We live in an interesting time for small business. With our economic booms and busts, new generations taking over the consumer market, and the rapid advancement of technology, small businesses must continually adapt in order to stay relevant.
One newer realm of possibility for small businesses is the area of augmented reality technology. Once considered a pipe dream for science fiction enthusiasts, augmented reality has worked its way into our daily lives through innovations like Google Glass and 360-degree video. The best part is, a small company is the perfect space to dive into the use of augmented reality in its daily processes.
Here are some ways that augmented reality can give small businesses a well-deserved boost.
What is Augmented Reality?
Augmented reality is a way to use existing technology, like mobile devices and headsets, to augment elements of our real-world environments. The user looks at his or her real life surroundings through the lens of a device like a smartphone, and that device adds computer-generated sensory input like sounds, videos, or graphics to add to the experience.
This is different from virtual reality technology, which replaces the real world with a simulated one. In other words, an augmented reality device would allow you to see your surroundings with certain digital additions (think Pokémon Go), while a virtual reality device would replace your real surroundings with digital ones (like virtual reality movies).
Augmented reality has boundless opportunities for companies to integrate digital imaging into people's experiences, which is an exciting frontier for small businesses. And with the fact that the mobile augmented reality market is expected to grow more than 65% in the next four years, this technology isn't going anywhere anytime soon.
Attention-grabbing advertising is one of the main ways small businesses can use augmented reality to their advantage. As competition gets more heated for the attention of the public, being able to add moving images or sounds to an otherwise static advertisement is a great way to stand out from the crowd. Certain companies have already gotten on board, as spending on augmented reality advertising in 2017 is expected to reach $12.8 billion.
With augmented reality ads, companies can make their marketing strategies more interactive, engaging, and realistic. For instance, Pepsi recently used augmented reality in a marketing campaign in London; they designed bus shelters that acted as augmented reality lenses and showed lifelike animals and objects jumping out at people in the street.
Smaller companies can use similar augmented reality strategies to boost advertising pushes, such as allowing viewers to virtually customize products, creating flyers that give coupon information when viewed through a device, or even setting up a billboard with images that move when a user looks at it through augmented reality technology.
Another great way small businesses can use augmented reality to their advantage is by fully immersing customers in the experience of the company's product or service. New platforms, like my own emerging product Blendar.io, are coming to the forefront to help businesses of all sizes launch fully immersive customer engagements that take people deeper into brand experiences and storytelling.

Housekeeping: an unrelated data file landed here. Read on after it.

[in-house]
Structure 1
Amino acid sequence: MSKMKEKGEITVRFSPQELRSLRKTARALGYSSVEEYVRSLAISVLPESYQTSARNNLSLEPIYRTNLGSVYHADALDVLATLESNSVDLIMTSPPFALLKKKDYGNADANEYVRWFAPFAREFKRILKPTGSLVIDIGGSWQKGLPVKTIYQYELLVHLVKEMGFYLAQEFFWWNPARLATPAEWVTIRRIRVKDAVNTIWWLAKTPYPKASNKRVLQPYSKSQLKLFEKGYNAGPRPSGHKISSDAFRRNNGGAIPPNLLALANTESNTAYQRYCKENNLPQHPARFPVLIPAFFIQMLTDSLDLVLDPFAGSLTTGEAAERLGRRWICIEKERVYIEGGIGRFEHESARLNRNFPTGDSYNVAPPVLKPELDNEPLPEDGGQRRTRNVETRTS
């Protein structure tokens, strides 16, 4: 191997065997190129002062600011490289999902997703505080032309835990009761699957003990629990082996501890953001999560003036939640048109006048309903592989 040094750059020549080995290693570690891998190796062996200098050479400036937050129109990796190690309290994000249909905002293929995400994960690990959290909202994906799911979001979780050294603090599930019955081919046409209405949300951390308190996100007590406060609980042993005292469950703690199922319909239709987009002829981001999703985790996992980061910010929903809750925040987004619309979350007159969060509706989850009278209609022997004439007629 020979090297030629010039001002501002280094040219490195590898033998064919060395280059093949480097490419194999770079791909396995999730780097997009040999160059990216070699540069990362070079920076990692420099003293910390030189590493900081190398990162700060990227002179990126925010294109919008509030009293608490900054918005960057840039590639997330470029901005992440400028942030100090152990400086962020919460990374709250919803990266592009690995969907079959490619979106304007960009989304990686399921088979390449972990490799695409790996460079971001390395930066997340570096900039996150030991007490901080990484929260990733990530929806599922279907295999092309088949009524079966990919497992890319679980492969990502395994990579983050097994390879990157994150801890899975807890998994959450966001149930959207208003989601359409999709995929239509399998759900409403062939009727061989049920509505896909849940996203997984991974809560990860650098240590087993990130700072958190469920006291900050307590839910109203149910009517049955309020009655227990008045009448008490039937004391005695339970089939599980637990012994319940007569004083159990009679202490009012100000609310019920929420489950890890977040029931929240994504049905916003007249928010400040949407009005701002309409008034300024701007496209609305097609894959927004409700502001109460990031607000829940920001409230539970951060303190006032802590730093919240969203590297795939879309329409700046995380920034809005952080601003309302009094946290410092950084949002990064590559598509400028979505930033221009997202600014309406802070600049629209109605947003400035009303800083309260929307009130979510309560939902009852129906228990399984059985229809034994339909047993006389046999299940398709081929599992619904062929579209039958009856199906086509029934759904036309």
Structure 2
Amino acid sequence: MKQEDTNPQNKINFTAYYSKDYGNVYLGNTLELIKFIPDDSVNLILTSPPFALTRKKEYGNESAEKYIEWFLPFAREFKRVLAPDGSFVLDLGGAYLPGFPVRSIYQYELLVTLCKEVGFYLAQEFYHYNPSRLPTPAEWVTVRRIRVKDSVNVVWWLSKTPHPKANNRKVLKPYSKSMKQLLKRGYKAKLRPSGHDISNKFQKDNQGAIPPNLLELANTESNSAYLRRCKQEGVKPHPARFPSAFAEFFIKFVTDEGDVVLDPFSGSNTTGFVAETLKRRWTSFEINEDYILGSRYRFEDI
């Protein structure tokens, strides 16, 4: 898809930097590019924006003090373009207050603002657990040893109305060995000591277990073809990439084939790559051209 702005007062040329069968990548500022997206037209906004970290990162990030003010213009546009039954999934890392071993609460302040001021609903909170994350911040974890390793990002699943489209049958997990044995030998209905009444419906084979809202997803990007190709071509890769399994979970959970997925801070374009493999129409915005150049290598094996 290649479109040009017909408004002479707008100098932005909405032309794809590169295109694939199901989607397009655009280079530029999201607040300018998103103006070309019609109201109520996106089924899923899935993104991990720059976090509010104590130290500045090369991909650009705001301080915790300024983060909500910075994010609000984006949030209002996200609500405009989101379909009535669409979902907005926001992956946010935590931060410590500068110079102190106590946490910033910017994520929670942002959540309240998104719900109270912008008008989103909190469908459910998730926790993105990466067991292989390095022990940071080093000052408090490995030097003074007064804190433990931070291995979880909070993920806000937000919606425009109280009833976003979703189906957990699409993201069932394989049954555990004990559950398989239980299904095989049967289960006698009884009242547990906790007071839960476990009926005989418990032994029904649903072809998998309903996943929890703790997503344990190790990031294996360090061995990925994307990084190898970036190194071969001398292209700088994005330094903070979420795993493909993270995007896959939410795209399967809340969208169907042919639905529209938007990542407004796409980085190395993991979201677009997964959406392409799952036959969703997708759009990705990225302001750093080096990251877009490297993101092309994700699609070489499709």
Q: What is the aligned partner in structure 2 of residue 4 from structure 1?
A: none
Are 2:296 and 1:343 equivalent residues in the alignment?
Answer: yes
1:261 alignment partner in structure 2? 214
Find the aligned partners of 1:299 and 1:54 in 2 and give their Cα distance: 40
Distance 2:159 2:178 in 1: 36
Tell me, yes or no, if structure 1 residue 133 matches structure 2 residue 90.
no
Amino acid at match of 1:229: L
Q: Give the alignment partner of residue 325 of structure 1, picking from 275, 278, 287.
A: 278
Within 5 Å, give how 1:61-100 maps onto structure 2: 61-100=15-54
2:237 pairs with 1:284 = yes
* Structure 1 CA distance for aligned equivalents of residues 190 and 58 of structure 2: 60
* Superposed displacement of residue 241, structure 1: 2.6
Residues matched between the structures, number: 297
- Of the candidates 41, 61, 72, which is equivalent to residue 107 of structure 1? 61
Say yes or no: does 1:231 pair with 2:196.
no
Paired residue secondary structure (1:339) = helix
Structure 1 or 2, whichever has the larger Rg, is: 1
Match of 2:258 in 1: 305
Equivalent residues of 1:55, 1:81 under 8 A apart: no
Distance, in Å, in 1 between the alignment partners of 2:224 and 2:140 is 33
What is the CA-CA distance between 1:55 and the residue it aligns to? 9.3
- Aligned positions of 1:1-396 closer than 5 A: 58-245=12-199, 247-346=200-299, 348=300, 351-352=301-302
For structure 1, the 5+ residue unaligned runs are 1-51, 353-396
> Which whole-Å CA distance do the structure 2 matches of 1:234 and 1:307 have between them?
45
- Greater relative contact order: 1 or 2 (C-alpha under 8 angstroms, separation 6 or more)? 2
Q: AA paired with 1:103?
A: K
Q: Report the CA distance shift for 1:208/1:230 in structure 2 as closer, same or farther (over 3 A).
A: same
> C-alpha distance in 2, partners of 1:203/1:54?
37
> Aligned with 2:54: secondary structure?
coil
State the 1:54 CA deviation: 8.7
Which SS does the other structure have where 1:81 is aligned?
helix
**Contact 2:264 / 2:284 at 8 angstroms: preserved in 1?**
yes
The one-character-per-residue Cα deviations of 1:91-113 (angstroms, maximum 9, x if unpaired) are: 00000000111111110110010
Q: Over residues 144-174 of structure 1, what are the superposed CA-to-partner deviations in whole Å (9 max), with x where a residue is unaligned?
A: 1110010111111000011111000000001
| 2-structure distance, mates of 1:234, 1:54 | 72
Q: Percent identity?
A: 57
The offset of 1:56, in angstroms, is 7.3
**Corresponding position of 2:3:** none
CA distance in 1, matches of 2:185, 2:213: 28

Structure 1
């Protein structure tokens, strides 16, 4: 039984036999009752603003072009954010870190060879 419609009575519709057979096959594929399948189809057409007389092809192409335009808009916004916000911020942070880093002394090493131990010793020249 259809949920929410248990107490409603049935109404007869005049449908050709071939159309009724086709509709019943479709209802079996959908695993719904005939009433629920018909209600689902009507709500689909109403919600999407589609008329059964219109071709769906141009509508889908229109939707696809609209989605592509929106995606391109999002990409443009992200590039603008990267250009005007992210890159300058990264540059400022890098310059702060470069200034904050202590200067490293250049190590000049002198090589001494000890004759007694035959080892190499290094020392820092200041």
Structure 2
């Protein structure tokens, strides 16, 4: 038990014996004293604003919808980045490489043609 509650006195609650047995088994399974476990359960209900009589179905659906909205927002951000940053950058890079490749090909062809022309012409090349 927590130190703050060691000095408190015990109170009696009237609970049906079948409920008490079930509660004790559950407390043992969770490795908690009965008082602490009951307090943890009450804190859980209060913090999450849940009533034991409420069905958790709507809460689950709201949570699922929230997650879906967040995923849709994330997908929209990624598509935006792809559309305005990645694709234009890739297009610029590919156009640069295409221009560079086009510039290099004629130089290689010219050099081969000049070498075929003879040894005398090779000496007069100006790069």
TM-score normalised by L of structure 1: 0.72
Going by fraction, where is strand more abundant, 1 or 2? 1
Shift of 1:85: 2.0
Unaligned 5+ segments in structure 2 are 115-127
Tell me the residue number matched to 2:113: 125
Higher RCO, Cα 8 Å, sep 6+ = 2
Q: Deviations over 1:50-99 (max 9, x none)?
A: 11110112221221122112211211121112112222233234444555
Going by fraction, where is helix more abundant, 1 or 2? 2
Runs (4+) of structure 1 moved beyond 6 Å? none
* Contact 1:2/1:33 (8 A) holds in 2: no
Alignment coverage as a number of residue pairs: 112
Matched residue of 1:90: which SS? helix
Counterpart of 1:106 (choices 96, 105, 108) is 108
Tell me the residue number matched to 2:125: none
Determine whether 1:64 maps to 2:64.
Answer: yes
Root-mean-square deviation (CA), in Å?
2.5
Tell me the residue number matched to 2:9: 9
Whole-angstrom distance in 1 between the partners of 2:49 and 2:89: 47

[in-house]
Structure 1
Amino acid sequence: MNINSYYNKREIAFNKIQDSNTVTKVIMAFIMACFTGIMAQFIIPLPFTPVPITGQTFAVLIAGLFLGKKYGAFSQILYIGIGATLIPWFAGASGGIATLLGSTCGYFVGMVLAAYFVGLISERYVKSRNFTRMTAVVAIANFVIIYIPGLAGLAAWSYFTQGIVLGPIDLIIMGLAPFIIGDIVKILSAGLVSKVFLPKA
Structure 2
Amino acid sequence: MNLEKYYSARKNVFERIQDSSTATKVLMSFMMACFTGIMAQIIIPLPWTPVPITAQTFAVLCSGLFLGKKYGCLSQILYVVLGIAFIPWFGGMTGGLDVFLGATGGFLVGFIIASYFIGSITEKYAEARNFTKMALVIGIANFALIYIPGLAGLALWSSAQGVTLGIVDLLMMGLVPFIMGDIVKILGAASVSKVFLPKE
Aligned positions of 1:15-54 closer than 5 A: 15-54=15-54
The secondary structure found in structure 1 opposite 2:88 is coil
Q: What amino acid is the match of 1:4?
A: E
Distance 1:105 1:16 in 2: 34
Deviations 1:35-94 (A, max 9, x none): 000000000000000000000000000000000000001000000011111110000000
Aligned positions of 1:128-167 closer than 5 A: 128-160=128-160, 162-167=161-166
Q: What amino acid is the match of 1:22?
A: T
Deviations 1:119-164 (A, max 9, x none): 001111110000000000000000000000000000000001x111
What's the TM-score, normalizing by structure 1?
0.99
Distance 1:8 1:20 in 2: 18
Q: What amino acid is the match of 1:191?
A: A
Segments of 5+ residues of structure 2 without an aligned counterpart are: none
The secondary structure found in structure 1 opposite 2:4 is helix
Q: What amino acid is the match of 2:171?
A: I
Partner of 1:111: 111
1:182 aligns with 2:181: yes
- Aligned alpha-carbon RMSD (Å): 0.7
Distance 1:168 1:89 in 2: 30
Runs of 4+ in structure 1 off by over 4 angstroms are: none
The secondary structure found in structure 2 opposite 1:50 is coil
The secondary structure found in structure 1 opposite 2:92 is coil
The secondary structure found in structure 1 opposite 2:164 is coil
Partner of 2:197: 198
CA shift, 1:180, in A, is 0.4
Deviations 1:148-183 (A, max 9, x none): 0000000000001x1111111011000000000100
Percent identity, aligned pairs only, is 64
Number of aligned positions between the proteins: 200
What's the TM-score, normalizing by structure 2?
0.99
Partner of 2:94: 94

For example, a real estate agent could give clients a virtual tour of a property without stepping foot out of the office, allowing those clients a more comprehensive view than what they'd get from static photos on a computer screen. Even further, a furniture store could allow visitors to "see" what a sofa would look like in their home, or a makeup boutique could use augmented reality glasses to help identify what cosmetics would look best on a particular customer.
All of these experiences will improve customer satisfaction, as they will be able to more fully engage with what they're buying before they buy it.
Even better, this technology is growing increasingly widespread--worldwide augmented reality headset sales could hit $1.2 billion by the end of 2017--so it will steadily get less expensive for small companies to buy their own.
Last but not least, a small business can greatly benefit from the in-depth training augmented reality can facilitate for its employees. With 40 percent of employees who receive poor job training leaving their positions within the first year, small companies will do well to make sure their team members are comfortable with their jobs.
Unlike in the real world, trainees can go through augmented reality training simulations as many times as they need to master a process. It's difficult and expensive to repeat certain tasks, like taking apart and rebuilding an engine, in real life, so being able to virtually complete these tasks is a time and money-saver small companies' training processes.
It's no surprise that the business world is excited about the potential of augmented reality. Luckily, small businesses can get in on the fun--and turn a profit.